A Short Course Book
Curtin's Guide to Digital Cameras
And Other Photographic Equipment

Image Sensors—Resolution

Click to see the effects of pixelization as an image is enlarged.
Click to explore pixels and aspect ratios.
Good prints can be made using 200 pixels per inch. Using this as a guide you can calculate that a 2000 x 1600 pixel image (just over 3 Megapixels) will make a good 10 x 8 inch print.
Click here to explore the original meaning of "resolution."
Click to explore how more pixels give sharper images.
Click for an Excel work sheet that converts pixels into print sizes.
Click to see how some cameras inflate their pixel counts.
The quality of a digital image depends in part on the number of pixels it contains (sometimes referred to as resolution). At a given size, more pixels add detail and sharpen edges. However, there are always size limits. When you enlarge any digital image enough, the pixels begin to show—an effect called pixelization. This is not unlike traditional silver-based prints where grain begins to show when prints are enlarged past a certain point.
When a digital image is displayed or printed at the correct size for the number of pixels it contains, it looks like a normal photograph. When enlarged too much (as is the eyehere), its square pixels begin to show.

The term "resolution" has two meanings in photography. Originally it referred to the ability of a camera system to resolve pairs of fine lines such as those on a test chart. In this usage it's an indicator of sharpness, not image size. With the introduction of digital cameras the term began being used to indicate the number of pixels a camera could capture.

The pixel size of a digital photograph is specified in one of two ways— by its dimensions in pixels or by the total number of pixels it contains. For example, the same image can be said to have 4368 � 2912 pixels (where "�" is pronounced "by" as in "4368 by 2912"), or to contain 12.7 million pixels or Megapixels (4368 multiplied by 2912).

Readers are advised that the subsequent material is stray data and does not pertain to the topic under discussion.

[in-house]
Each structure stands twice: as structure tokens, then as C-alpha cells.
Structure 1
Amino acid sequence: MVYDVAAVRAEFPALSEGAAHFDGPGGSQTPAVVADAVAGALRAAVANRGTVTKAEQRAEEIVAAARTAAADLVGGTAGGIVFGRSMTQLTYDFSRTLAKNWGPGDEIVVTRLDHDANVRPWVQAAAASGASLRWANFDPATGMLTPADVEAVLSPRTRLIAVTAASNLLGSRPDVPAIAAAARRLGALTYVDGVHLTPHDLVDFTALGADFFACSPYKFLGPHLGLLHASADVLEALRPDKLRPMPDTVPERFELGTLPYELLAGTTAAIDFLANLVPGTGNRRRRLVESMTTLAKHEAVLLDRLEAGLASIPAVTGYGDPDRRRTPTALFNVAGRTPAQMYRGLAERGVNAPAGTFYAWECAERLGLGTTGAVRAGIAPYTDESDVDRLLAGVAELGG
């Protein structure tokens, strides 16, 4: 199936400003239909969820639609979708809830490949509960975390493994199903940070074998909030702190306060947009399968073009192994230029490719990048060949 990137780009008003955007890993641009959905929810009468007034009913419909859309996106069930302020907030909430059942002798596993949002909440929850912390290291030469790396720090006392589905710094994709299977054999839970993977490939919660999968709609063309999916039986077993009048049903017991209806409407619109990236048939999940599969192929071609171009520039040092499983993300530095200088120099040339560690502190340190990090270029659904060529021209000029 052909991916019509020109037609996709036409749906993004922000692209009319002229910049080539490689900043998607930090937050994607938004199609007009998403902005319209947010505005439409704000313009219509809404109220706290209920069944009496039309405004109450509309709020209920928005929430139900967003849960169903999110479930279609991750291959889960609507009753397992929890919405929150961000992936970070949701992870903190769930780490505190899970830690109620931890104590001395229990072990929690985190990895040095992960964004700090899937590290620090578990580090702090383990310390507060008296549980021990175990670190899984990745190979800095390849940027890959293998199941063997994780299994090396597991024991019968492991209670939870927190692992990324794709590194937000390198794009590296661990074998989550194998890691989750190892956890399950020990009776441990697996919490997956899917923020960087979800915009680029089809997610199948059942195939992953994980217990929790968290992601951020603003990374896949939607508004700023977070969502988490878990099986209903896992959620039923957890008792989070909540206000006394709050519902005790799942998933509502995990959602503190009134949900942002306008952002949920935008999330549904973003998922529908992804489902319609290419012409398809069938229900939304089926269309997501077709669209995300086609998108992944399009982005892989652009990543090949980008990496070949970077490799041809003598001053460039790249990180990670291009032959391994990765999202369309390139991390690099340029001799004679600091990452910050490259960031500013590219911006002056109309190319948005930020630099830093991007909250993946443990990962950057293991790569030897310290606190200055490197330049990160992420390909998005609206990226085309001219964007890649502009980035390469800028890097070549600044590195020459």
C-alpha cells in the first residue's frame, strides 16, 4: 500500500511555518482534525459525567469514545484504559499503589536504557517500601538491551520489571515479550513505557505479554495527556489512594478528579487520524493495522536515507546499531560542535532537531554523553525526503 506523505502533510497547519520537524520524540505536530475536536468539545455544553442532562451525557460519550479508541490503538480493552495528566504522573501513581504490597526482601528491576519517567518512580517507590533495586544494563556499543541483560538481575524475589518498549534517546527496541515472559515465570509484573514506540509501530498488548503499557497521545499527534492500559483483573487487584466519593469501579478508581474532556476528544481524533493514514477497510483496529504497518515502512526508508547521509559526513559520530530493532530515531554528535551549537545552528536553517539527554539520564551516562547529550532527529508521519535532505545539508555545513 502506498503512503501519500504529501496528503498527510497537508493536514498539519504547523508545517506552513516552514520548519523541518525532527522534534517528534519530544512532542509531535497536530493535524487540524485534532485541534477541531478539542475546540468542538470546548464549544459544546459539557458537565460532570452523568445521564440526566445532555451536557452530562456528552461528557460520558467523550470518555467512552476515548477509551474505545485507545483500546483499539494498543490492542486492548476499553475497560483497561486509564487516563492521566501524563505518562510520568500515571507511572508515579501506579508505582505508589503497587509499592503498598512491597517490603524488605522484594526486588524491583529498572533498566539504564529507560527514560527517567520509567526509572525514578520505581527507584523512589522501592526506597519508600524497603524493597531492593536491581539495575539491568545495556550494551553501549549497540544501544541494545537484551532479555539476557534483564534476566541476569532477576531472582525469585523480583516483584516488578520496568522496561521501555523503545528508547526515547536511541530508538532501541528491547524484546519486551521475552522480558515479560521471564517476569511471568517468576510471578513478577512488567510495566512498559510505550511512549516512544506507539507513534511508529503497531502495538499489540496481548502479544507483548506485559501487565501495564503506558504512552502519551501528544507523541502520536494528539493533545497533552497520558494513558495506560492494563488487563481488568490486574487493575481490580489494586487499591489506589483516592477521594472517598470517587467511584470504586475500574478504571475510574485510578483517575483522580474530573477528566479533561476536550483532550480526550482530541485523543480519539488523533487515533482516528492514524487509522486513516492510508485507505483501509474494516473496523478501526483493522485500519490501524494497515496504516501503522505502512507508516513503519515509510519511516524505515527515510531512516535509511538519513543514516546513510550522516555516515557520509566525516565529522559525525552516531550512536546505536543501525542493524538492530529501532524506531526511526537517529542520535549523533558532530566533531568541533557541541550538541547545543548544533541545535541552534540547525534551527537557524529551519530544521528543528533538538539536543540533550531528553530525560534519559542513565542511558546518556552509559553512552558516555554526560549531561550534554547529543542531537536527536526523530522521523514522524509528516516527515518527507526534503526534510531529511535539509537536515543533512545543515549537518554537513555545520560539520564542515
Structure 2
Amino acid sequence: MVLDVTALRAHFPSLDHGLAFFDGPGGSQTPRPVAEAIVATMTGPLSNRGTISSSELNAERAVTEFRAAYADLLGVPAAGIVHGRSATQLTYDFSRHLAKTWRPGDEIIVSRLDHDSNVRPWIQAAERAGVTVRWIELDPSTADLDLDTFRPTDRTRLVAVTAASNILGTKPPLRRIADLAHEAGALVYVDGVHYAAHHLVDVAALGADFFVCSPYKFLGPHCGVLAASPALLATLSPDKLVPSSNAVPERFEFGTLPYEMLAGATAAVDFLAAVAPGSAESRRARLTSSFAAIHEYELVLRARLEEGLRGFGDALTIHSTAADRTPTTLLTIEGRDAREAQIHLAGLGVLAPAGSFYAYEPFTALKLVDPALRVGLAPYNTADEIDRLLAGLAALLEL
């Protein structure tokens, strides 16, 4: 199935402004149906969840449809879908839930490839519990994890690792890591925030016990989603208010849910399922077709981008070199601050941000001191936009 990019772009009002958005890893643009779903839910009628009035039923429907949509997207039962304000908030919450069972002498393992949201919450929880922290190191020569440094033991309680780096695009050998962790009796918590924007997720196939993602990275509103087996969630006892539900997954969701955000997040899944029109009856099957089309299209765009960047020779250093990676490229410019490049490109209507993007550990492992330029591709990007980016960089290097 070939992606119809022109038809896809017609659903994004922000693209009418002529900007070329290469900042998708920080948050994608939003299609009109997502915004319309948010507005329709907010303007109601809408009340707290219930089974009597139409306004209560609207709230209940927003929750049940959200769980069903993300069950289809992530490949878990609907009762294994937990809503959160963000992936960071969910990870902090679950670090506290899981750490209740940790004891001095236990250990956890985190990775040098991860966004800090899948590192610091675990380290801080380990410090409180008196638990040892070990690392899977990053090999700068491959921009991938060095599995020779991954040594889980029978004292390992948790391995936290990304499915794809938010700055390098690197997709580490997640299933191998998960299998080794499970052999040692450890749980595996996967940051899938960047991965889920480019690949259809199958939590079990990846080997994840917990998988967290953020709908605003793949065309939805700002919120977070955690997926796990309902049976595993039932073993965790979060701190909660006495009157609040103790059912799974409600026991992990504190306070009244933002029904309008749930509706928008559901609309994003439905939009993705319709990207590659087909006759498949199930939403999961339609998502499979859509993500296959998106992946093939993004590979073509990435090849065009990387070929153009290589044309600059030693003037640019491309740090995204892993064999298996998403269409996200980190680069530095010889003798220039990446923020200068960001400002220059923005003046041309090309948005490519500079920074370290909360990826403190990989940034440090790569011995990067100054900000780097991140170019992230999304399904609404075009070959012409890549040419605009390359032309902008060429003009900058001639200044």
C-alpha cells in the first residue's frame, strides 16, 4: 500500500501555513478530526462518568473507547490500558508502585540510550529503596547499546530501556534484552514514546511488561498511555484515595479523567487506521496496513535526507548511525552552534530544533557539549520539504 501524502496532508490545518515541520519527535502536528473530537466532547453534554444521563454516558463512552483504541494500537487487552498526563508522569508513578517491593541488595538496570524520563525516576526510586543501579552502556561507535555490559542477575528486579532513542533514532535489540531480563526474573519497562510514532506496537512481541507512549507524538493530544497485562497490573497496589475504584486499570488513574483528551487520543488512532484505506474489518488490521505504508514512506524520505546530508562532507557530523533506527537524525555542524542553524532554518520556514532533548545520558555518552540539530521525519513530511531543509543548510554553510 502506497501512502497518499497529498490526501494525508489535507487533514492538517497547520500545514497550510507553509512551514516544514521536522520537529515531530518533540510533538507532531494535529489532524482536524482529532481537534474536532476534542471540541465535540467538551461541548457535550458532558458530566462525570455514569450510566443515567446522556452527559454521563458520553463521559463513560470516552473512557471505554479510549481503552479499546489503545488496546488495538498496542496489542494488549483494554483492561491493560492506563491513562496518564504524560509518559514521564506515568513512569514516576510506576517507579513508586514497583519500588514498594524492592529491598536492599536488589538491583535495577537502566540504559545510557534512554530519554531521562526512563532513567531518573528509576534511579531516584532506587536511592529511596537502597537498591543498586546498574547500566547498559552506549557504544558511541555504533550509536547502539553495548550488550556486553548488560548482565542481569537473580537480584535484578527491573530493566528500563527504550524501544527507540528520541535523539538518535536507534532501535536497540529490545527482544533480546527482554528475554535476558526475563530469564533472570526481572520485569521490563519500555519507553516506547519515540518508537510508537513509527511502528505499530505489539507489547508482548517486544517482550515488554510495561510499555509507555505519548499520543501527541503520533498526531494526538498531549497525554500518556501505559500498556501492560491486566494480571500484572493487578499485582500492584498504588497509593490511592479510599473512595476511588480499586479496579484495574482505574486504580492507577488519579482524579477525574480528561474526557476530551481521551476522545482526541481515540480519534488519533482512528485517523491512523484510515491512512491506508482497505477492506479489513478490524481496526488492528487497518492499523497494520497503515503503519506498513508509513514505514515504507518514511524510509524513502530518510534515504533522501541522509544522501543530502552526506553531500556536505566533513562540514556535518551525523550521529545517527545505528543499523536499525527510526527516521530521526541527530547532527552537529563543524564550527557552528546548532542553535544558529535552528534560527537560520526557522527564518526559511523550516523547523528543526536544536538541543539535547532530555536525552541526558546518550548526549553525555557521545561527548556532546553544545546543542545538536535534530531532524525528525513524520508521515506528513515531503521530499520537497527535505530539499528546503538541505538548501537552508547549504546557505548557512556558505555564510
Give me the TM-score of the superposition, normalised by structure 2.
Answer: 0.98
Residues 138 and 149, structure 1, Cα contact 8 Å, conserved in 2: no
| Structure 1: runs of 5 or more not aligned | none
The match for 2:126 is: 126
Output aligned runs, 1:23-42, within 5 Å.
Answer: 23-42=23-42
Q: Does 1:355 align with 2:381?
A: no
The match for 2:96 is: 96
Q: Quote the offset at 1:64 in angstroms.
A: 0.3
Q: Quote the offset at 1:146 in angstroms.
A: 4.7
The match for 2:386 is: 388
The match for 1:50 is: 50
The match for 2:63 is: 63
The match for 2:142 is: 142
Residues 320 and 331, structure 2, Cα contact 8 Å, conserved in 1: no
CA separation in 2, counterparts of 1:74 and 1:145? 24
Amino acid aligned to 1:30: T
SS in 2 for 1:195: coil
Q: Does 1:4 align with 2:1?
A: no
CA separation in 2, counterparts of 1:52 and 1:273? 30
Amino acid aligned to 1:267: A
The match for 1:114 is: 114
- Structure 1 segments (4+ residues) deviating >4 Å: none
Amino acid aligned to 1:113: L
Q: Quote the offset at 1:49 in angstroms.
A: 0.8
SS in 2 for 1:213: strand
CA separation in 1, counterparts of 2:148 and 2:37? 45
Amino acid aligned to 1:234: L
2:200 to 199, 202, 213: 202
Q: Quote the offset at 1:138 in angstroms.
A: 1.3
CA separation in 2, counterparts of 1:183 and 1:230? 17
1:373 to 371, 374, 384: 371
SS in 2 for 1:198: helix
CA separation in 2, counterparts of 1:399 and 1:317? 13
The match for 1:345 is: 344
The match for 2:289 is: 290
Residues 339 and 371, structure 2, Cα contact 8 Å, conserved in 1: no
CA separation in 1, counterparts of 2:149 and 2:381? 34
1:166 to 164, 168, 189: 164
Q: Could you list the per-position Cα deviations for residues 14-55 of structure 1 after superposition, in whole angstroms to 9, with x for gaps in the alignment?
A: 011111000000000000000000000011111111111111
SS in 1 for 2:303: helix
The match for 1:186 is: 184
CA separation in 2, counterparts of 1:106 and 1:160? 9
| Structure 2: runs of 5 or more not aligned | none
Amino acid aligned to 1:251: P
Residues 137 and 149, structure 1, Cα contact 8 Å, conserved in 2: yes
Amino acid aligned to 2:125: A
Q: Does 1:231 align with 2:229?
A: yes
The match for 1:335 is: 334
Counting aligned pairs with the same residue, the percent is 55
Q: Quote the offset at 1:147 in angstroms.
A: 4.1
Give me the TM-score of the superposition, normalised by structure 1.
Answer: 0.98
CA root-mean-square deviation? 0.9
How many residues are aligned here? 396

As you might expect, all other things being equal, costs rise with a camera's resolution. Greater resolution also creates other problems. For example, more pixels means larger image files. Not only do larger files take more storage space, they put greater demands on systems and networks when you edit, email, and post them on a Web site.
  • Lower resolutions such as 640 x 480 are perfect for Web publishing, e-mail attachments, small prints, or images in documents and presentations. For these uses, higher resolutions just increase file sizes without significantly improving the images.

Many cameras give you a choice of image sizes from small to large.
  • Higher resolutions, 6 million pixels or so, are best for printing photo-realistic enlargements larger than 5" x 7". Good prints can be made using 200 pixels per inch. Using this as a guide you can calculate that a 2000 x 1600 pixel image (just over 3 Megapixels) will make a good 10 x 8 inch print.
    Beware of claims about resolution for cameras because there are two kinds of resolution; optical and interpolated. The optical resolution of a camera or scanner is an absolute number because an image sensor's pixels or photosites are physical devices that can be counted. To improve resolution in certain limited respects, the optical resolution can be increased using software. This process, called interpolated resolution, adds pixels to the image to increase the total number of pixels. To do so, software evaluates those pixels surrounding each new pixel to determine what its color should be. For example, if all of the pixels around a newly inserted pixel are red, the new pixel will be red. What's important to keep in mind is that interpolated resolution doesn't add any new information to the image— it just adds pixels and makes the file larger. This same thing can be done in a photo-editing program such as Photoshop by resizing the image. Beware of companies that promote or emphasize their device's interpolated (or enhanced) resolution. You're getting less than you think you are. Always check for the device's optical resolution. If this isn't provided, flee the product— you're dealing with marketing people who don't have your best interests at heart.
A few camera companies, even some that are otherwise respectable, try to deceive you into thinking their cameras have higher resolution than they really do. They use software to inflate the size of a captured image and then use this inflated size in advertising claims about the camera. This way each captured pixel can suddenly become four, and voila' a 2 Megapixel image suddenly and magically becomes 8 Megapixels.

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